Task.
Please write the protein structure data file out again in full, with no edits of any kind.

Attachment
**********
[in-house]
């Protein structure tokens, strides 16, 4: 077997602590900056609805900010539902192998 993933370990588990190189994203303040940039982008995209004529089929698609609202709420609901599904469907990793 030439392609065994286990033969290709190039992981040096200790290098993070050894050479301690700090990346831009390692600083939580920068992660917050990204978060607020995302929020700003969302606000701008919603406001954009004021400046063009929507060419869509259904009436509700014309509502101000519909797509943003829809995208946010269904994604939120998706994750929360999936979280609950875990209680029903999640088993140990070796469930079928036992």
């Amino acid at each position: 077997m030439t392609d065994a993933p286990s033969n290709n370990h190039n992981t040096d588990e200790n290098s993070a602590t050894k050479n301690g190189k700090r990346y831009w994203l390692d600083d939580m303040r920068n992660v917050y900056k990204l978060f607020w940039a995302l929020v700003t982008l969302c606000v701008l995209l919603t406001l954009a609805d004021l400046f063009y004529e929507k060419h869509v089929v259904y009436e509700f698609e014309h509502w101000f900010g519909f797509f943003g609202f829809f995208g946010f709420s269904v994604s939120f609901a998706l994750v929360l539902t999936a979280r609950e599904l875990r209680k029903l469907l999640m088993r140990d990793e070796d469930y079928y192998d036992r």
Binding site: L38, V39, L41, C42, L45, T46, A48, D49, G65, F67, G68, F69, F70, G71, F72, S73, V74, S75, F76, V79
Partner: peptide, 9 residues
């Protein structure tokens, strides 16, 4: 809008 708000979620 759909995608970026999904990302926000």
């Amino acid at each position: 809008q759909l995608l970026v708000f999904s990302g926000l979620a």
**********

[in-house]
């Protein structure tokens, strides 16, 4: 077997602590900056609805900010539902192998 993933370990588990190189994203303040940039982008995209004529089929698609609202709420609901599904469907990793 030439392609065994286990033969290709190039992981040096200790290098993070050894050479301690700090990346831009390692600083939580920068992660917050990204978060607020995302929020700003969302606000701008919603406001954009004021400046063009929507060419869509259904009436509700014309509502101000519909797509943003829809995208946010269904994604939120998706994750929360999936979280609950875990209680029903999640088993140990070796469930079928036992």
């Amino acid at each position: 077997m030439t392609d065994a993933p286990s033969n290709n370990h190039n992981t040096d588990e200790n290098s993070a602590t050894k050479n301690g190189k700090r990346y831009w994203l390692d600083d939580m303040r920068n992660v917050y900056k990204l978060f607020w940039a995302l929020v700003t982008l969302c606000v701008l995209l919603t406001l954009a609805d004021l400046f063009y004529e929507k060419h869509v089929v259904y009436e509700f698609e014309h509502w101000f900010g519909f797509f943003g609202f829809f995208g946010f709420s269904v994604s939120f609901a998706l994750v929360l539902t999936a979280r609950e599904l875990r209680k029903l469907l999640m088993r140990d990793e070796d469930y079928y192998d036992r």
Binding site: L38, V39, L41, C42, L45, T46, A48, D49, G65, F67, G68, F69, F70, G71, F72, S73, V74, S75, F76, V79
Partner: peptide, 9 residues
């Protein structure tokens, strides 16, 4: 809008 708000979620 759909995608970026999904990302926000």
């Amino acid at each position: 809008q759909l995608l970026v708000f999904s990302g926000l979620a």